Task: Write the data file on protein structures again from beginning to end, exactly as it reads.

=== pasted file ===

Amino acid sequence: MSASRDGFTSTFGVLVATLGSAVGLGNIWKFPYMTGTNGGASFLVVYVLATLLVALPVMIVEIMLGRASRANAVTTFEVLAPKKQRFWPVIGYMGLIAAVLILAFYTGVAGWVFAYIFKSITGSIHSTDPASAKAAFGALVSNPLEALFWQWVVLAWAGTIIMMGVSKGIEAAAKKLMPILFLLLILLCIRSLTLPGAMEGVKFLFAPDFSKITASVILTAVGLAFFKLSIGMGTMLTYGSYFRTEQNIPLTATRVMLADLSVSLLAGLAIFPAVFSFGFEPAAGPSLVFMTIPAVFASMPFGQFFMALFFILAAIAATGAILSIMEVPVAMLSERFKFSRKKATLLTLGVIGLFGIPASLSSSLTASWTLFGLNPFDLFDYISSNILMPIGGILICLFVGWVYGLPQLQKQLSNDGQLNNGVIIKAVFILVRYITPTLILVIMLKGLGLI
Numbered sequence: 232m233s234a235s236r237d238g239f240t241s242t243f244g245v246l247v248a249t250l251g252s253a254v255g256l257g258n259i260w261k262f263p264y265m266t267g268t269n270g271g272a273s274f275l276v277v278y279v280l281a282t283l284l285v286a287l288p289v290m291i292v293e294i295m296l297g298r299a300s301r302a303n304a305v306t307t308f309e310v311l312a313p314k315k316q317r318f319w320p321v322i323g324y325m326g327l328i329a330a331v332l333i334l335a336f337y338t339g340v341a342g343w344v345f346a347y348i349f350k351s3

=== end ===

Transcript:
Amino acid sequence: MSASRDGFTSTFGVLVATLGSAVGLGNIWKFPYMTGTNGGASFLVVYVLATLLVALPVMIVEIMLGRASRANAVTTFEVLAPKKQRFWPVIGYMGLIAAVLILAFYTGVAGWVFAYIFKSITGSIHSTDPASAKAAFGALVSNPLEALFWQWVVLAWAGTIIMMGVSKGIEAAAKKLMPILFLLLILLCIRSLTLPGAMEGVKFLFAPDFSKITASVILTAVGLAFFKLSIGMGTMLTYGSYFRTEQNIPLTATRVMLADLSVSLLAGLAIFPAVFSFGFEPAAGPSLVFMTIPAVFASMPFGQFFMALFFILAAIAATGAILSIMEVPVAMLSERFKFSRKKATLLTLGVIGLFGIPASLSSSLTASWTLFGLNPFDLFDYISSNILMPIGGILICLFVGWVYGLPQLQKQLSNDGQLNNGVIIKAVFILVRYITPTLILVIMLKGLGLI
Numbered sequence: 232m233s234a235s236r237d238g239f240t241s242t243f244g245v246l247v248a249t250l251g252s253a254v255g256l257g258n259i260w261k262f263p264y265m266t267g268t269n270g271g272a273s274f275l276v277v278y279v280l281a282t283l284l285v286a287l288p289v290m291i292v293e294i295m296l297g298r299a300s301r302a303n304a305v306t307t308f309e310v311l312a313p314k315k316q317r318f319w320p321v322i323g324y325m326g327l328i329a330a331v332l333i334l335a336f337y338t339g340v341a342g343w344v345f346a347y348i349f350k351s3